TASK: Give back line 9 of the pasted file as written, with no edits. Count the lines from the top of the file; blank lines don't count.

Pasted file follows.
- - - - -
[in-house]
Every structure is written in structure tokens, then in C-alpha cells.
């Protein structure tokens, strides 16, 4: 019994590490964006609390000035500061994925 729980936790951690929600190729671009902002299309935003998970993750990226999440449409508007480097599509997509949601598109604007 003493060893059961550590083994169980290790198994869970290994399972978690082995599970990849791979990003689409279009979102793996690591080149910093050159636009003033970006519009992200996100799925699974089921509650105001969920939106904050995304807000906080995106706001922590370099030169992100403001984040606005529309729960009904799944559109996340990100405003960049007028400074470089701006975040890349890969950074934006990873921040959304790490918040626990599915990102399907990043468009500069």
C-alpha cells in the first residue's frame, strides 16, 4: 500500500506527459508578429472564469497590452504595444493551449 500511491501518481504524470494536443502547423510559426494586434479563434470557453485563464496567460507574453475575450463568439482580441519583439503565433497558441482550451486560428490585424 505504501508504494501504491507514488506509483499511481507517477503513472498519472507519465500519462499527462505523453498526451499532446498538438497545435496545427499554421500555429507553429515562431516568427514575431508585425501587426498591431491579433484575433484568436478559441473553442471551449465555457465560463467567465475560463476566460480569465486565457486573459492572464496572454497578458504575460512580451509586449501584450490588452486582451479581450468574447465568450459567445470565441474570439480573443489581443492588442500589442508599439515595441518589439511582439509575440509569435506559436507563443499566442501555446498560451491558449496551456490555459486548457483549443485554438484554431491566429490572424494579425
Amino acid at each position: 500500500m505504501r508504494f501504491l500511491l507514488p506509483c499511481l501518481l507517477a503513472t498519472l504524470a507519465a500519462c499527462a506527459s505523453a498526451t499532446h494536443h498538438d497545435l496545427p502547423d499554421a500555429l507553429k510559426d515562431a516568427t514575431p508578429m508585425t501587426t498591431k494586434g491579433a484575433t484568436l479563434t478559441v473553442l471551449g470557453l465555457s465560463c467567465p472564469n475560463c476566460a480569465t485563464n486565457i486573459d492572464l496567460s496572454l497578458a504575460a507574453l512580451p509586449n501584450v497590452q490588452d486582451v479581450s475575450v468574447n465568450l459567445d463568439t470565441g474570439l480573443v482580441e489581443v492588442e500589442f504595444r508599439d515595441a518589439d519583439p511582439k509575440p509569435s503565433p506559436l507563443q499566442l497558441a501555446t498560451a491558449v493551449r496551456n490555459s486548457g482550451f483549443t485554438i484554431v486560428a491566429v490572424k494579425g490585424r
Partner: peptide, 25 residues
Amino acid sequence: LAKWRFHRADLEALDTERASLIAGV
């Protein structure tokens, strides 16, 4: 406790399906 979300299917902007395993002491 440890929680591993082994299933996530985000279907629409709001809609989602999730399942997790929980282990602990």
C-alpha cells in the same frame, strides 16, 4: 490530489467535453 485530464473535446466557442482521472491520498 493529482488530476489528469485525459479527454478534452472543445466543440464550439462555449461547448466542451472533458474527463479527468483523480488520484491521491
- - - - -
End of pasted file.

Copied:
C-alpha cells in the same frame, strides 16, 4: 490530489467535453 485530464473535446466557442482521472491520498 493529482488530476489528469485525459479527454478534452472543445466543440464550439462555449461547448466542451472533458474527463479527468483523480488520484491521491